Andrei Gudkov <gudokk@gmail.com>

Searching for the first occurrence of a substring in a string is a well-studied problem. A variety of methods were developed to solve it, including "algorithmically oriented" methods and also brute-force methods utilizing special CPU instructions (e.g. x86-64 pcmpestri). It is commonly stated that Boyer-Moore algorithm (BM) is the most efficient algorithm in general. This is particularly true if the goal is to search for a substring in a huge volume of data, so that some time may be invested in substring preprocessing before starting the search without noticeable reduction in performance. In this article I will try to gradually explain what makes BM so good. I expect that reader has at least superficial knowledge of the classical strstr() algorithms.

The problem is stated as following: we need to find first position of some given substring ("pattern", P) inside text T, or return -1 if P is not found in T. Lengths of the pattern and the text are |P| and |T| respectively. All characters belong to an alphabet A of cardinality |A|.

1. Left-to-right vs right-to-left

Substring search algorithms can be roughly classified by the order they use to compare characters of the pattern, such as left-to-right (L2R for short, e.g. KMP), right-to-left (R2L, e.g. BM) or even from the middle of the pattern (e.g. Two Way algorithm). Intuitively it should be easy to understand that right-to-left (R2L) algorithms are the most efficient. The reason for this is that they may produce much longer shifts in general after comparing only small number of characters.

To demonstrate this, let’s imagine artificial case when characters of the pattern do not occur in text. If we are to search such pattern left-to-right, then every shift would be exactly of length one, resulting in O(|T|) comparisons in total. We align pattern with the beginning of the text, then we compare first character of the pattern with respective character of the text, understand that they do not match, next we shift pattern to the right by one, and then repeat this process all over again until end of text is reached. The fact that the first character of the pattern doesn’t match the respective character of the text doesn’t produce any additional useful information. We will have to shift the pattern every time by 1. However, if we are searching right-to-left, then pattern is shifted by |P| every time. After hitting mismatch on the right-most pattern character, we immediately come to the conclusion that all shorter shifts are of no use because the observed character in the text is not present in the pattern at all. The shortest shift that makes sense is |P|. Thus right-to-left algorithms demonstrates O(|T|/|P|) comparisons at best.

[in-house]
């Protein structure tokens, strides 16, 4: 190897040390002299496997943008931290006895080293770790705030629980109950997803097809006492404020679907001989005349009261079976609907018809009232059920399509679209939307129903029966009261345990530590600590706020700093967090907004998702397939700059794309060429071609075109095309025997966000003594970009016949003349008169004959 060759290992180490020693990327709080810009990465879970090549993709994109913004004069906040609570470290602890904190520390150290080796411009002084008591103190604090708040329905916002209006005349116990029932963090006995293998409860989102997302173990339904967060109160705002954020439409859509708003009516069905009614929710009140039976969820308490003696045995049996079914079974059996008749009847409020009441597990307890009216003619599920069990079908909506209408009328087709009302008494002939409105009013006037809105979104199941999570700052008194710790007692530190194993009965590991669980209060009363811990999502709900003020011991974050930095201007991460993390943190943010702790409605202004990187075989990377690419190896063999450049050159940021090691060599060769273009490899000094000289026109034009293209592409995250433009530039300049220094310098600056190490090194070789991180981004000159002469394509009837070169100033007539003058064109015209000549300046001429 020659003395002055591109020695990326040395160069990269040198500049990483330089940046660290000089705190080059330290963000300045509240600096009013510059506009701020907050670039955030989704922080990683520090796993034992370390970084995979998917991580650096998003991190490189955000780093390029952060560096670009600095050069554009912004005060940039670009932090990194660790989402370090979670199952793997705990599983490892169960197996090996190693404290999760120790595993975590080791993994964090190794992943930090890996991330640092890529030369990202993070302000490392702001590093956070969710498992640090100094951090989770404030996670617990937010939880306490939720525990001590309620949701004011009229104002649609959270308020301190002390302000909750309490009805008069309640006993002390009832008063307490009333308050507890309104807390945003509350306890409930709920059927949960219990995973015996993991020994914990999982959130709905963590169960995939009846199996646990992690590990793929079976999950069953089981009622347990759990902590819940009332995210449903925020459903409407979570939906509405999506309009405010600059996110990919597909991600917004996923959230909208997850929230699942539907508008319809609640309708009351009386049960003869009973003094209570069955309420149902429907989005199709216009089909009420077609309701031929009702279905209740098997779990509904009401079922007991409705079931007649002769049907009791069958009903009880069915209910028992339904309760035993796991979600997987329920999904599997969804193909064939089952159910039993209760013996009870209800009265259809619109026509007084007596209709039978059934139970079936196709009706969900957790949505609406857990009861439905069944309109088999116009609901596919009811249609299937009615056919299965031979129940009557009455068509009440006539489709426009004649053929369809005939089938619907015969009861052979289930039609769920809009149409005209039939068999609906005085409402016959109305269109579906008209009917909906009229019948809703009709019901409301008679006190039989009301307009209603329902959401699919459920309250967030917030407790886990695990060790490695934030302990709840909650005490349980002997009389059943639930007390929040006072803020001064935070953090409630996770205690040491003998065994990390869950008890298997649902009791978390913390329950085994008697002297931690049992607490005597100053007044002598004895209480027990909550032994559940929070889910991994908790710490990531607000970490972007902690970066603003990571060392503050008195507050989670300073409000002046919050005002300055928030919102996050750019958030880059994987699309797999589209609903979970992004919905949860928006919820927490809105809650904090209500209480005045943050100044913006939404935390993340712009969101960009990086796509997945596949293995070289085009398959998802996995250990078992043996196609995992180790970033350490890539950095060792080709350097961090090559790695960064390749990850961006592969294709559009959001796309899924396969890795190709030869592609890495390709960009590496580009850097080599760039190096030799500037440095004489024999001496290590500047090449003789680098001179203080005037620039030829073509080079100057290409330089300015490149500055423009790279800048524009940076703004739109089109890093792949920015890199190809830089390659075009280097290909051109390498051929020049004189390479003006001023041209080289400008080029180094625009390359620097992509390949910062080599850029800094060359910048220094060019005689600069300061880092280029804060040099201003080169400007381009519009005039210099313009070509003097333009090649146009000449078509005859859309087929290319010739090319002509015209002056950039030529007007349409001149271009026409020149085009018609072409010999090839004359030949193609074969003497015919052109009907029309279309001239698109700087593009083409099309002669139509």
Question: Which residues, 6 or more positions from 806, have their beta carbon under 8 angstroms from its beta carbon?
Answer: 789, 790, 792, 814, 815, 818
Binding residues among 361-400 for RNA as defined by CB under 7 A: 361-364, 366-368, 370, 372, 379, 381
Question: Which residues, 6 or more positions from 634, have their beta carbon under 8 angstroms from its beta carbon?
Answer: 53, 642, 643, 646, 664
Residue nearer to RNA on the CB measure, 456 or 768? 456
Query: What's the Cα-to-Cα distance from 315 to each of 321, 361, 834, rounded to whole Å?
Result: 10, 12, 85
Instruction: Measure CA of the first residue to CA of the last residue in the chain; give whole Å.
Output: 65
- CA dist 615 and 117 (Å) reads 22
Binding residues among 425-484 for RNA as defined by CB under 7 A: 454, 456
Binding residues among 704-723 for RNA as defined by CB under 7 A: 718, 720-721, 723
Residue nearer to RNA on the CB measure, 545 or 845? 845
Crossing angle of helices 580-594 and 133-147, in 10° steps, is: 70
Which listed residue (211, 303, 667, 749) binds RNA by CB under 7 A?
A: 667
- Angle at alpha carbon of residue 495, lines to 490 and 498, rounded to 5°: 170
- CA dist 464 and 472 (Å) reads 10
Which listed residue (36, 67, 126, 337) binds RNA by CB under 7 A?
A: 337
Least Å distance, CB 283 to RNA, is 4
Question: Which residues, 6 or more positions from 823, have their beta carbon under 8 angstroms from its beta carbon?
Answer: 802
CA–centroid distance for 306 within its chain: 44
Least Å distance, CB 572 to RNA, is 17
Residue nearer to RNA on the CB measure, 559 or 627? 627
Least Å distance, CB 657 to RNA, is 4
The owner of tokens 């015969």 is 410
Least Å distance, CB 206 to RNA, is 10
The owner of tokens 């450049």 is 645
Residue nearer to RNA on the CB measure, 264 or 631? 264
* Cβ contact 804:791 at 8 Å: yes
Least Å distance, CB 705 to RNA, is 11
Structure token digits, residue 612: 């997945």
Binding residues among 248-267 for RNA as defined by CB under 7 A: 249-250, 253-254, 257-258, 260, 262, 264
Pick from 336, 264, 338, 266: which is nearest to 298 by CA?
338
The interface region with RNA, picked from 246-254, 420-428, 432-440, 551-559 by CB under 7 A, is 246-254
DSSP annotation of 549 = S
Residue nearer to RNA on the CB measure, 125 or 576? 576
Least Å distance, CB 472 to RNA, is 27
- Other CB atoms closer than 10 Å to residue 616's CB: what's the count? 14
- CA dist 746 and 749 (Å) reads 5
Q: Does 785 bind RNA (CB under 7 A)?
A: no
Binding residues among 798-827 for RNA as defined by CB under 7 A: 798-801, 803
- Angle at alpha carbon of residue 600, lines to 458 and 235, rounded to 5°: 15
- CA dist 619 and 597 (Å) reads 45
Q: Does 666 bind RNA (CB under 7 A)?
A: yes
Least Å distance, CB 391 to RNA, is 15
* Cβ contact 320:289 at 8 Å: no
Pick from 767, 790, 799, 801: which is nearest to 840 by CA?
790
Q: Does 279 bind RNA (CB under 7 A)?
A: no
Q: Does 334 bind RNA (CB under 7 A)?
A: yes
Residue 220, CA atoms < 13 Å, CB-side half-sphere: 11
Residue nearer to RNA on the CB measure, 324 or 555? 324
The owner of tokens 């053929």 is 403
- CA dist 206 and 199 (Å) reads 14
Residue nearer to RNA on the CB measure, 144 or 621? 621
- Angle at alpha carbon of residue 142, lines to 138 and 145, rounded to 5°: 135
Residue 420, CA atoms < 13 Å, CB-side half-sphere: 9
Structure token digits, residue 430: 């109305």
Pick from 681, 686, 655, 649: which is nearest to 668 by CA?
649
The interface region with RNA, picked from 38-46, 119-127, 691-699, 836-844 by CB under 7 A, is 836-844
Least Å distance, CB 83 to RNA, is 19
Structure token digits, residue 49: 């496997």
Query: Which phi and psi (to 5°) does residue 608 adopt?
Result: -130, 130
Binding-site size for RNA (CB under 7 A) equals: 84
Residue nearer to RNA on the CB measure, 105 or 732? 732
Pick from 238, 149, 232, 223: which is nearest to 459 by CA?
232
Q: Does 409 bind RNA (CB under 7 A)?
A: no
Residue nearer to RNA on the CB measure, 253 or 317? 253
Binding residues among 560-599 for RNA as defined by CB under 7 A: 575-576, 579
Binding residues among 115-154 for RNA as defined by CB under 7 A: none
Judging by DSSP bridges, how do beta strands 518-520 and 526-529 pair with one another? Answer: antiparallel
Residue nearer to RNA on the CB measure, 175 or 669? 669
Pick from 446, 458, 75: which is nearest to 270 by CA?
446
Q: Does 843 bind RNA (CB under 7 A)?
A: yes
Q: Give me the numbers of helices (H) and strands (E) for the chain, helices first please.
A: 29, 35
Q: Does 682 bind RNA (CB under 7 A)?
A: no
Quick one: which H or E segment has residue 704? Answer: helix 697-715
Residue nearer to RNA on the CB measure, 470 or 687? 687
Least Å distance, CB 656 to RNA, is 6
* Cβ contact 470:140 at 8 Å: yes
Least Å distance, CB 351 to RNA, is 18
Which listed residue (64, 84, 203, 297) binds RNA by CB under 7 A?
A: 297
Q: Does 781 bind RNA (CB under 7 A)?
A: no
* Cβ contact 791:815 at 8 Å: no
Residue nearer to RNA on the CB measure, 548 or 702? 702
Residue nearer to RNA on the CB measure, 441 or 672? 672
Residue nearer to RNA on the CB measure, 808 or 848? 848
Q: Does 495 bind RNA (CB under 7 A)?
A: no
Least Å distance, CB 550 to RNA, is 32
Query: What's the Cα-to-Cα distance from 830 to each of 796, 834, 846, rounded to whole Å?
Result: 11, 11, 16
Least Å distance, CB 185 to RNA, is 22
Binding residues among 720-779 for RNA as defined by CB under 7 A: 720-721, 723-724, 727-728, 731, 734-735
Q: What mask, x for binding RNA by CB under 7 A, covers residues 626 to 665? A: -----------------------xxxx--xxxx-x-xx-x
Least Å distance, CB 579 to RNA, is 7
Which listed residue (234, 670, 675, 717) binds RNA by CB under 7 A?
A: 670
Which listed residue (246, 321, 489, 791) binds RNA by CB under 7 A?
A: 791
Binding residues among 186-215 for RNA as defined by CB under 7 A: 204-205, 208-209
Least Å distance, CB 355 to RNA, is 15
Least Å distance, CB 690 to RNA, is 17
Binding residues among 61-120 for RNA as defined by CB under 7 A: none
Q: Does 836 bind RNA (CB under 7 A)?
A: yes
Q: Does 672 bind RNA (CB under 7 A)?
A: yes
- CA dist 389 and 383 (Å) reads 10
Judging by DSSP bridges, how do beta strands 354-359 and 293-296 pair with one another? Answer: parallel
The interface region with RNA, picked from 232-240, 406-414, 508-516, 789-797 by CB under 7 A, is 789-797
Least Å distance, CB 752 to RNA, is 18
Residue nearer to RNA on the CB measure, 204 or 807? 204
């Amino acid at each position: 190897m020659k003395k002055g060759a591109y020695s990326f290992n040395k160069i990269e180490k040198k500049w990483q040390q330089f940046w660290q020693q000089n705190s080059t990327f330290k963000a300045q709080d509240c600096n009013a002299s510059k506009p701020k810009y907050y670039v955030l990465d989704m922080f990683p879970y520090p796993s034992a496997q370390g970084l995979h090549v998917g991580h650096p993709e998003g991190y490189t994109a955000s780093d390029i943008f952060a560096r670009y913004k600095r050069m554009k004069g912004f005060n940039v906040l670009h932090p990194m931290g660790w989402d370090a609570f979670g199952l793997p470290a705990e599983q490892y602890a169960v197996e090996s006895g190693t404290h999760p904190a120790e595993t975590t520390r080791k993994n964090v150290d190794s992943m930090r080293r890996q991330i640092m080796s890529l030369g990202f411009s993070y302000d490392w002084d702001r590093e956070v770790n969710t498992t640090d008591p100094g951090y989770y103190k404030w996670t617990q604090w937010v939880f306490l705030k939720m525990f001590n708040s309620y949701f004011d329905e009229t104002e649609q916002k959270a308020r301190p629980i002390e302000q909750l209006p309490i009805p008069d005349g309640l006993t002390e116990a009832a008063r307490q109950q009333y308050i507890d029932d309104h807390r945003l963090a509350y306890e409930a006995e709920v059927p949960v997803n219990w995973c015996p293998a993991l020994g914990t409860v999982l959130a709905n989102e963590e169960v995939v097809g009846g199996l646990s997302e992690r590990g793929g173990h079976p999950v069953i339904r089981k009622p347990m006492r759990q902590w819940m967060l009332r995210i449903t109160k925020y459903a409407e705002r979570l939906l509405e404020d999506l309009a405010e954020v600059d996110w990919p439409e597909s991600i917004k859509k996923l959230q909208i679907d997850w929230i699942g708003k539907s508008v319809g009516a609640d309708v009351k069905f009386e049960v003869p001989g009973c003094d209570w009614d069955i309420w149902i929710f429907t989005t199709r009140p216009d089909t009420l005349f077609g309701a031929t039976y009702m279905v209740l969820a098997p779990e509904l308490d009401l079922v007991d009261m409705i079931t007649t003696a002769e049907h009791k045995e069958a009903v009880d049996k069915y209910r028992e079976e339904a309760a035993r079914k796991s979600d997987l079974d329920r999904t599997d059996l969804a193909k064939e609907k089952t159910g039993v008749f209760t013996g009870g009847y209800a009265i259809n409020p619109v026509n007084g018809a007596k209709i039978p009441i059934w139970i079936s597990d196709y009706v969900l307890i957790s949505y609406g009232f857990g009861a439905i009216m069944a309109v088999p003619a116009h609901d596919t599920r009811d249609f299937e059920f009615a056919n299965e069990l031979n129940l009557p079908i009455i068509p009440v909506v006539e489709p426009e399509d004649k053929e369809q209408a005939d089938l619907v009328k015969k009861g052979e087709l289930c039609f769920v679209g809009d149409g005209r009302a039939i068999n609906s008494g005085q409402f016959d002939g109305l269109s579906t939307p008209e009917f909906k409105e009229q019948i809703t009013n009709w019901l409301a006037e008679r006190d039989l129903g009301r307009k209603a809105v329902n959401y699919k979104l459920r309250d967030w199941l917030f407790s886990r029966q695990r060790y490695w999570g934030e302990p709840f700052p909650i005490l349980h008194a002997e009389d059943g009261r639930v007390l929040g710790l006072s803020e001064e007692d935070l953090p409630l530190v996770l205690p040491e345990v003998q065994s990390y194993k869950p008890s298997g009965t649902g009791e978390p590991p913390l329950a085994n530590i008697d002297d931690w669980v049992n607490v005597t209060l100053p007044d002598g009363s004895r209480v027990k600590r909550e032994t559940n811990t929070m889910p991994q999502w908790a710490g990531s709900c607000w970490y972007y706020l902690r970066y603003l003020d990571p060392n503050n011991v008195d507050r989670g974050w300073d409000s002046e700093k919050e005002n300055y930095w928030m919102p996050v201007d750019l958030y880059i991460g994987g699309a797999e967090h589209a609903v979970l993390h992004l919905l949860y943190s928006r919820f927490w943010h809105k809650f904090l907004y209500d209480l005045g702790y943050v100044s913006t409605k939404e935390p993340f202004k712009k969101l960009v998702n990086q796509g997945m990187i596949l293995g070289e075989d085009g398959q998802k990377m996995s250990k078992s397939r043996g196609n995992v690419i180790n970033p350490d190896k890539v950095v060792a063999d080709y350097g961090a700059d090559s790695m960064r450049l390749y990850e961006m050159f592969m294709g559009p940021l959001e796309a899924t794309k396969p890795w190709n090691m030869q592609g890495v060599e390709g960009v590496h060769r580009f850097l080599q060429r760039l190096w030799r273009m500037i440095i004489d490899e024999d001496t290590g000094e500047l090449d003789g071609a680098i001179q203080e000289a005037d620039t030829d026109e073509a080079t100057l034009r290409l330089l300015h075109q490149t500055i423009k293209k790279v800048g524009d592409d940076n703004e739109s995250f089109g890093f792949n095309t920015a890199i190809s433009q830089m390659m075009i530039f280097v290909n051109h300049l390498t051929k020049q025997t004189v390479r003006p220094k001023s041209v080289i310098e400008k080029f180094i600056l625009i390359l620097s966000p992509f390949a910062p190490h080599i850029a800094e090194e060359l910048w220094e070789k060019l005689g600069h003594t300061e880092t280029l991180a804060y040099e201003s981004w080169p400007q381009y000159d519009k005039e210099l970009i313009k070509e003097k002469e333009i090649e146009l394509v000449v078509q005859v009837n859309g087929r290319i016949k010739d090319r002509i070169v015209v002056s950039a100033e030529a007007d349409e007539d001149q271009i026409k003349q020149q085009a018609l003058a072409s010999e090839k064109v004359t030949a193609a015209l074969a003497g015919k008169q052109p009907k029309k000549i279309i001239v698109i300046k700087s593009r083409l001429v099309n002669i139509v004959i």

l2r vs r2l

In general case, when there are no artificial limitations as above, difference in efficiency of L2R and R2L algorithms is not so dramatic: L2R algorithm may produce longer than one shifts after successfully comparing couple of characters and eventually hitting mismatch, while R2L may produce shifts shorter than the pattern length |P|. However, L2R is never able to produce such long shift after comparing only single character as demonstrated above. Typically the longer the pattern, the larger the benefits of R2L over L2R are.

2. Baseline right-to-left algorithm

Now we will construct straightforward but efficient algorithm in the R2L family. Let’s align pattern with text and perform comparisons right-to-left while respective characters match. Either all of the pattern characters match and we have an answer, or, most likely, we will hit mismatch at some point. This means that current alignment of the pattern with the text cannot be the answer and we need to shift the pattern to the right to the next possible match. How long would be the shift? At this point we know the following:

This is all information that we have. We can write current state as the pair (p,c), where p\in\lbrack0\,..\,\lvert\mathrm{P}\rvert{-}1\rbrack and c is one of the characters of the alphabet, which usually consists of all one-byte characters: c\in\left\lbrack0\,..\,255\right\rbrack.

To compute the longest shift, imagine the string 
  \mathrm{S}=(c,\;
    \mathrm{P}\lbrack\lvert\mathrm{P}\rvert{-}p\rbrack,\;
    ..,\;
    \mathrm{P}\lbrack\lvert\mathrm{P}\rvert{-}2\rbrack,\;
    \mathrm{P}\lbrack\lvert\mathrm{P}\rvert{-}1\rbrack
  )